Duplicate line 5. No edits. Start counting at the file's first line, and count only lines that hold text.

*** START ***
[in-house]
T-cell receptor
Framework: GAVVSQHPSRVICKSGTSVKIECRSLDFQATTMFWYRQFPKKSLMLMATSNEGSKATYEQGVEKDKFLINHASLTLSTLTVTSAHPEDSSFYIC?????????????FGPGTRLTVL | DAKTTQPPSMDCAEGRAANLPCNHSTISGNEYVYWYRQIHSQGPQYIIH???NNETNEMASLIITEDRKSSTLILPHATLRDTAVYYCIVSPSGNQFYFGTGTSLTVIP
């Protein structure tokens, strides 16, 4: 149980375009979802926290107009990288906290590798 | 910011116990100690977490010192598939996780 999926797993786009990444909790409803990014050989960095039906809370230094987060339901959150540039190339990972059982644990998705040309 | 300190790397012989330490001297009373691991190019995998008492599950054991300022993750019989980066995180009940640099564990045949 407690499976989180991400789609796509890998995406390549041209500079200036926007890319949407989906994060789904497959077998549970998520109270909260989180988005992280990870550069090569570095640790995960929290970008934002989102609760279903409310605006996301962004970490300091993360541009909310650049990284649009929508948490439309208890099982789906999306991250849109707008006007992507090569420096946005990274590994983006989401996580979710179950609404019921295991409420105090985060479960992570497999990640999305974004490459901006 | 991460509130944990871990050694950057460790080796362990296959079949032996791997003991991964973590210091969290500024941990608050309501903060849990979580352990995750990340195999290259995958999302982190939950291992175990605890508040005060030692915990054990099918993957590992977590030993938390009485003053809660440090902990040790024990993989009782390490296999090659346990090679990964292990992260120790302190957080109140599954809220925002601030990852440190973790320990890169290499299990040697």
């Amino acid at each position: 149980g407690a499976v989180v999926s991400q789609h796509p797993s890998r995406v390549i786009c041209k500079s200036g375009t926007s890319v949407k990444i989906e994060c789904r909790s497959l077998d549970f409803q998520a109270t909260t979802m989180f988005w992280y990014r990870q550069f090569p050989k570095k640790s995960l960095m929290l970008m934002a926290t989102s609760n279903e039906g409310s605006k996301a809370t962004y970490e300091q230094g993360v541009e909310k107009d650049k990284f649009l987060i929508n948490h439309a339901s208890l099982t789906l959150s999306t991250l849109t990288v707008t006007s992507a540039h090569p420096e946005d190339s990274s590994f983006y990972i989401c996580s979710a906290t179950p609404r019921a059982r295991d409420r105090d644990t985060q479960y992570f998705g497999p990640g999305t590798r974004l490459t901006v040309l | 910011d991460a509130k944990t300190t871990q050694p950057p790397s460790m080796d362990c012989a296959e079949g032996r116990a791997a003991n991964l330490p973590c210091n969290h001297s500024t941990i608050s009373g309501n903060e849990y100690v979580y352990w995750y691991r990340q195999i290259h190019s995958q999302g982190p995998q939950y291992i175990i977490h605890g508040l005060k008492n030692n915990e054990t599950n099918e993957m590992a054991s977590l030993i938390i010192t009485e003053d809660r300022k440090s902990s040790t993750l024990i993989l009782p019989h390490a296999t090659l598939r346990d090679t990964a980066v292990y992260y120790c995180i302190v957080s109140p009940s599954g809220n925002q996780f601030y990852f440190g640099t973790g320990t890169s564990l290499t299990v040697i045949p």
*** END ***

């Amino acid at each position: 149980g407690a499976v989180v999926s991400q789609h796509p797993s890998r995406v390549i786009c041209k500079s200036g375009t926007s890319v949407k990444i989906e994060c789904r909790s497959l077998d549970f409803q998520a109270t909260t979802m989180f988005w992280y990014r990870q550069f090569p050989k570095k640790s995960l960095m929290l970008m934002a926290t989102s609760n279903e039906g409310s605006k996301a809370t962004y970490e300091q230094g993360v541009e909310k107009d650049k990284f649009l987060i929508n948490h439309a339901s208890l099982t789906l959150s999306t991250l849109t990288v707008t006007s992507a540039h090569p420096e946005d190339s990274s590994f983006y990972i989401c996580s979710a906290t179950p609404r019921a059982r295991d409420r105090d644990t985060q479960y992570f998705g497999p990640g999305t590798r974004l490459t901006v040309l | 910011d991460a509130k944990t300190t871990q050694p950057p790397s460790m080796d362990c012989a296959e079949g032996r116990a791997a003991n991964l330490p973590c210091n969290h001297s500024t941990i608050s009373g309501n903060e849990y100690v979580y352990w995750y691991r990340q195999i290259h190019s995958q999302g982190p995998q939950y291992i175990i977490h605890g508040l005060k008492n030692n915990e054990t599950n099918e993957m590992a054991s977590l030993i938390i010192t009485e003053d809660r300022k440090s902990s040790t993750l024990i993989l009782p019989h390490a296999t090659l598939r346990d090679t990964a980066v292990y992260y120790c995180i302190v957080s109140p009940s599954g809220n925002q996780f601030y990852f440190g640099t973790g320990t890169s564990l290499t299990v040697i045949p």